Medieval Torture Devices

Of all the times to live in throughout history the Medieval period was probably one to avoid.  Roughly speaking Medieval times (or the Middle Ages) started at the end of the Roman Empire, around 500 AD, and continued until around the 1500s. Whilst I’m sure plenty of lovely things happened during this time none of them spring to mind – all I can think of is war, poverty and plague. Things seemed to get worse as time went by culminating in the Black Death and the Spanish Inquisition, that orgy of sadism and torture.

By the end of the Medieval period torture had become a fine art. Even with all our technology and medical knowledge there wouldn’t be much chance of coming up with any more terrifying torture instruments than this lot. Yes, now-a-days we could probably develop more effective ways of getting information out of people, but that doesn’t seem to have been the point of half these. For the record the main users of these forms of torture were the various churches of the day in the name of Christianity.

The methods of torture below are all European in origin. The Chinese and Japanese had plenty of equally unpleasant torture techniques which I’ll get round to covering another time.

10. Heretic’s fork

The Heretics Fork
The Heretics Fork – Don’t fall asleep…

Despite looking fairly inoffensive this little device is not only great for toasting marshmallows but is all you need to get a confession out of the toughest of heretics, sinners and blasphemers. It’s actually quite ingenious and ever so compact.

As you can see in the picture above the “fork” is strapped around the neck and placed with the sharp prongs just digging into the base of the throat and underneath the chin. The victim would be restrained so they were upright, either by hanging from the ceiling or tying to a chair. Then they were left…
Anyone wearing the heretic’s fork is unable to fall asleep – the moment they did the prongs would pierce the skin causing more than enough pain to wake them up. After a few days of this torture they would be so sleep deprived that they’d confess to anything.

Popular with the Spanish Inquisition these little horrors were usually engraved with abiuro, the Latin for “I recant”. And recant they did!

9. Hanging

Hanging woman torture
Pervy priests stringing up a nubile young “witch” on the strappado

When it says “hanging” above we’re not referring to good, honest, straightforward neck-snapping, strangulating hanging. No, that would be far too humane for the Medieval sadists. Here we are talking about the many variants of hanging that were excruciatingly painful forms of torture. This generally involved suspending the victim by one or more of their limbs, often with the aid of weights and sometimes with the added torment of spikes.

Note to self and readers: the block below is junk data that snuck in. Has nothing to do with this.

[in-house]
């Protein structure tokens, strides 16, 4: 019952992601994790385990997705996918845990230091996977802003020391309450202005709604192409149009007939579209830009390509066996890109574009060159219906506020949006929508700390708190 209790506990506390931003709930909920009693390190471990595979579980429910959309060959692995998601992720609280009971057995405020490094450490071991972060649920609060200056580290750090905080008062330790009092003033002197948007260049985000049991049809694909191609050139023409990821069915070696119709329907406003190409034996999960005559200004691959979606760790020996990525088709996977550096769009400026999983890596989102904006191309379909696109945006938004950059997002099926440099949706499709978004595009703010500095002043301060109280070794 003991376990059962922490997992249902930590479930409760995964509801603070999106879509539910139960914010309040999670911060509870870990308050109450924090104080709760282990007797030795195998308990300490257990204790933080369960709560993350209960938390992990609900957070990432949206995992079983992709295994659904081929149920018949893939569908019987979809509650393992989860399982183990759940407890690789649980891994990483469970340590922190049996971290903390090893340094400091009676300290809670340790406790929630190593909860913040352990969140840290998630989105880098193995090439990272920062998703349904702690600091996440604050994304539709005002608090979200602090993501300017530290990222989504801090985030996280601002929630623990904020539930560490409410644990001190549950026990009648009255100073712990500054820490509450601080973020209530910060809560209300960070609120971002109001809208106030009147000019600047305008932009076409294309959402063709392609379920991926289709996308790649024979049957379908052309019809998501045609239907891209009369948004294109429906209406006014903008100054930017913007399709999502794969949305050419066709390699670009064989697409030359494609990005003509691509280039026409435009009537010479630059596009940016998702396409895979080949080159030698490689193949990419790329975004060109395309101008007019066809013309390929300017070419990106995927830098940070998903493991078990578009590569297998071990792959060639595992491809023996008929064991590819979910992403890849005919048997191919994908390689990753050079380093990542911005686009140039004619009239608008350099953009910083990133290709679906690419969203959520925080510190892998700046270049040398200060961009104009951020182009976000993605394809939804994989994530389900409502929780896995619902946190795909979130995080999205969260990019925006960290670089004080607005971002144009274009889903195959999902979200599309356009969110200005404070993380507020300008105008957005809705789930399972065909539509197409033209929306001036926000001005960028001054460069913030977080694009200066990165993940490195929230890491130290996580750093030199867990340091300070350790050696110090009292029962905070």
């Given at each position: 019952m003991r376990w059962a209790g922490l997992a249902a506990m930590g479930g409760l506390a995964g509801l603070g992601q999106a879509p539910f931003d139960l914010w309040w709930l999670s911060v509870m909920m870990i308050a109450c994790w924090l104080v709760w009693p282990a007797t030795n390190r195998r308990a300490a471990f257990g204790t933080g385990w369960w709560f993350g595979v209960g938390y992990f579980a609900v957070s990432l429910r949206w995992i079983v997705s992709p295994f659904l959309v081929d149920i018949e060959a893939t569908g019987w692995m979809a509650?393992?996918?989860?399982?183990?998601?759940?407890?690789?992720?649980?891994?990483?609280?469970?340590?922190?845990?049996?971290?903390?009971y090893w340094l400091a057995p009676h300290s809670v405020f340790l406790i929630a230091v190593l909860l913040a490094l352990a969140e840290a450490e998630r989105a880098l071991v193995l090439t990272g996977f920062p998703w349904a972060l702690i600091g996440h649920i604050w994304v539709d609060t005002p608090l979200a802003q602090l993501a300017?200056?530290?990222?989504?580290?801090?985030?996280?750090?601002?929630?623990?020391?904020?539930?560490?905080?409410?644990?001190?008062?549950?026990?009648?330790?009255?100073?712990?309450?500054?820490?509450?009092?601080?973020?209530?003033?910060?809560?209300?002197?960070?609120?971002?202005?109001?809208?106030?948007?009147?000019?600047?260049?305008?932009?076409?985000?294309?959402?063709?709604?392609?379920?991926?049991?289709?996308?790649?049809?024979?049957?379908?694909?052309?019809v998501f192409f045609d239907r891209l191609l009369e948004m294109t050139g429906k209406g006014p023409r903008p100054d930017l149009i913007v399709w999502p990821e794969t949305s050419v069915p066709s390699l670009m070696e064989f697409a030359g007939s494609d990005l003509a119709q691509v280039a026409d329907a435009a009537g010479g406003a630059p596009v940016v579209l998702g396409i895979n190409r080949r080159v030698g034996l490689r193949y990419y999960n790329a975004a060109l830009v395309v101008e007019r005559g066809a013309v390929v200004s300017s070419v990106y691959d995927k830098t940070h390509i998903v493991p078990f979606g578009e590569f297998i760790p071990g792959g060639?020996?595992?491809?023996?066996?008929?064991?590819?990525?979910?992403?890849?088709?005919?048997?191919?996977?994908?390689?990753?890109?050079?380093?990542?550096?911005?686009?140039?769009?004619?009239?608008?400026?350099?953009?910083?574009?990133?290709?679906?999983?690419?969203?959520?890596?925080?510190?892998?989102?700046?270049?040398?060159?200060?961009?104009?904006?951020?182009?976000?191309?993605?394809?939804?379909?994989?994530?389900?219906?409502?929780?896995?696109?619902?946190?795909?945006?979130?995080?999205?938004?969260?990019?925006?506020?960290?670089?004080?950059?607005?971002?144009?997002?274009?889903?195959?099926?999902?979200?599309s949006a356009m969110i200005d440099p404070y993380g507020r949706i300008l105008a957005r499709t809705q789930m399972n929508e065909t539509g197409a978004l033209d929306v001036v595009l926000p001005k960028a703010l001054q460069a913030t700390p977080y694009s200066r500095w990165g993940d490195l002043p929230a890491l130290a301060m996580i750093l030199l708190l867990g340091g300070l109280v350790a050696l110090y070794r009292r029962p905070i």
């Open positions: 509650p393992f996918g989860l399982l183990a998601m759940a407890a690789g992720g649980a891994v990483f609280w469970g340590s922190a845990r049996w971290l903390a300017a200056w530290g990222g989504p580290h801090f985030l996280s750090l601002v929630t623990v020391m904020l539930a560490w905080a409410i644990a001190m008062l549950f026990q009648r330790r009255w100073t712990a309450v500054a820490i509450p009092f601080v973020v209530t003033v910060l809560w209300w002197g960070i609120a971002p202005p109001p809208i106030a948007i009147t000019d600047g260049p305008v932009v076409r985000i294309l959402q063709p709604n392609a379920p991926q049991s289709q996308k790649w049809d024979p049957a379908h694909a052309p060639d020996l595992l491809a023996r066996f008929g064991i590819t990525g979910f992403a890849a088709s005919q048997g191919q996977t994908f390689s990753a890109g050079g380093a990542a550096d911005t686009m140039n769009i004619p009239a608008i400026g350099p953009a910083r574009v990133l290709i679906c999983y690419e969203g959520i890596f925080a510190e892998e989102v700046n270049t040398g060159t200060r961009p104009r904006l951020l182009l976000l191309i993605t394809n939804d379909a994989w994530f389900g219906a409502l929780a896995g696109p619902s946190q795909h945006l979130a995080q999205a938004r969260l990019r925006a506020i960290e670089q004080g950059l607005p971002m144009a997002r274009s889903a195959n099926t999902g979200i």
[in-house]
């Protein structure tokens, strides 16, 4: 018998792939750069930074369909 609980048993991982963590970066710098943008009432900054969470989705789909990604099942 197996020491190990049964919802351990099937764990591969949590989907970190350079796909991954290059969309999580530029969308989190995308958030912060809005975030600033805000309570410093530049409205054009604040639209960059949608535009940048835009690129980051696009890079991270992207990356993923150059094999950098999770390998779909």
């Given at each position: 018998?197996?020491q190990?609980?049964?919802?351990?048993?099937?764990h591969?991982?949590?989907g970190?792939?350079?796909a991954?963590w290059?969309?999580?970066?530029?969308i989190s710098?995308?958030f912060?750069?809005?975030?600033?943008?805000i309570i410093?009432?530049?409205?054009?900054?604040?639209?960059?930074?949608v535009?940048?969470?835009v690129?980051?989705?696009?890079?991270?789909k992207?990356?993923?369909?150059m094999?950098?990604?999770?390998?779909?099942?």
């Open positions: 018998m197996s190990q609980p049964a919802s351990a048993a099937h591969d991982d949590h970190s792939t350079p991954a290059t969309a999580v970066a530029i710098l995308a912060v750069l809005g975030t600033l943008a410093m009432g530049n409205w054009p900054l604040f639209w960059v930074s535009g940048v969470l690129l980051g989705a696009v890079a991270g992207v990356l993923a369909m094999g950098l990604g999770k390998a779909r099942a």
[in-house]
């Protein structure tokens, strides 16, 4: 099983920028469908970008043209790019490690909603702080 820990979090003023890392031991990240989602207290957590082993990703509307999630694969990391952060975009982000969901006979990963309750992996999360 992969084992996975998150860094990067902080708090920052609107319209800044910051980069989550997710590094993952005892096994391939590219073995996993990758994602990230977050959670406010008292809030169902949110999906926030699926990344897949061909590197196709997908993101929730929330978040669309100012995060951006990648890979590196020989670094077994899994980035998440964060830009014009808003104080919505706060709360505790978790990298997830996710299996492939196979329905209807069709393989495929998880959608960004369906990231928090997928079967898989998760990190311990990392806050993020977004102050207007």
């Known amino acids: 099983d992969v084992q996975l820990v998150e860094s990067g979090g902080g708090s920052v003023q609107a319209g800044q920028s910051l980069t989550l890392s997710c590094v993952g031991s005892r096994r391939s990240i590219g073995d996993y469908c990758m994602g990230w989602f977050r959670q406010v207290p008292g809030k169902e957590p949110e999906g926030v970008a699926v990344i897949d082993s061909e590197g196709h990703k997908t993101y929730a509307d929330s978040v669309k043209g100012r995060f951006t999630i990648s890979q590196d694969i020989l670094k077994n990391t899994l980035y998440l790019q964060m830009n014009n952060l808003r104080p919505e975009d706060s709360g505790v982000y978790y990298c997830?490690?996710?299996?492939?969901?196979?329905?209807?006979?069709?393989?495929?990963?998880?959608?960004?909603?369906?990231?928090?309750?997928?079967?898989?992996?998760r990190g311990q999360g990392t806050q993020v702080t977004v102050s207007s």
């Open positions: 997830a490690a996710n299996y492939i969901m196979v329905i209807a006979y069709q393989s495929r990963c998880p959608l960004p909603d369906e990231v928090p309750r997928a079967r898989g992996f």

The most popular of these torture techniques is strappado, which is still popular today. The usual form this takes is to tie the victims arms behind their back and then suspend them from the wrist. Now, you’ve probably worked out that your arms don’t really want to go that way and this causes intense pain as the shoulders will probably be dislocated.

Again this was a favourite with the Spanish Inquisition and they had a few twists to make it even more painful. One was to let the victim drop a little and then check the rope suddenly multiplying the pain manyfold.
The other variant, known as sqaussation, involved the victim being suspended by their wrists and having more and more weights hung from them. As you can see in the picture above they’re mixing it right up.

8. Crushing

Crushing torture instruments
Selection of crushing torture devices

Even before the invention of the vise crushing the various appendages was a popular form of torture. The earliest methods would see the victim sandwiched between a pair of boards and more and more weight piled on top. If they didn’t confess or spill the beans then they would end up being crushed to death. If they did, they would also probably end up being crushed to death.

With advances in screwing technology came a wonderful new array of torture implements designed to crush with merciless precision. Portable devices such as the thumbscrew were very popular and no inquisitor would go anywhere without a set. However, the must have torture instrument was the head crusher (above right). As the name suggests it would slowly crush the victims head as the handle was turned. The obvious problem with the head crusher is the victim can’t really talk whilst it is crushing their jaw into their skull. But who cares when you can look forward to the accused’s eyes popping out of their sockets when the skull finally cracks.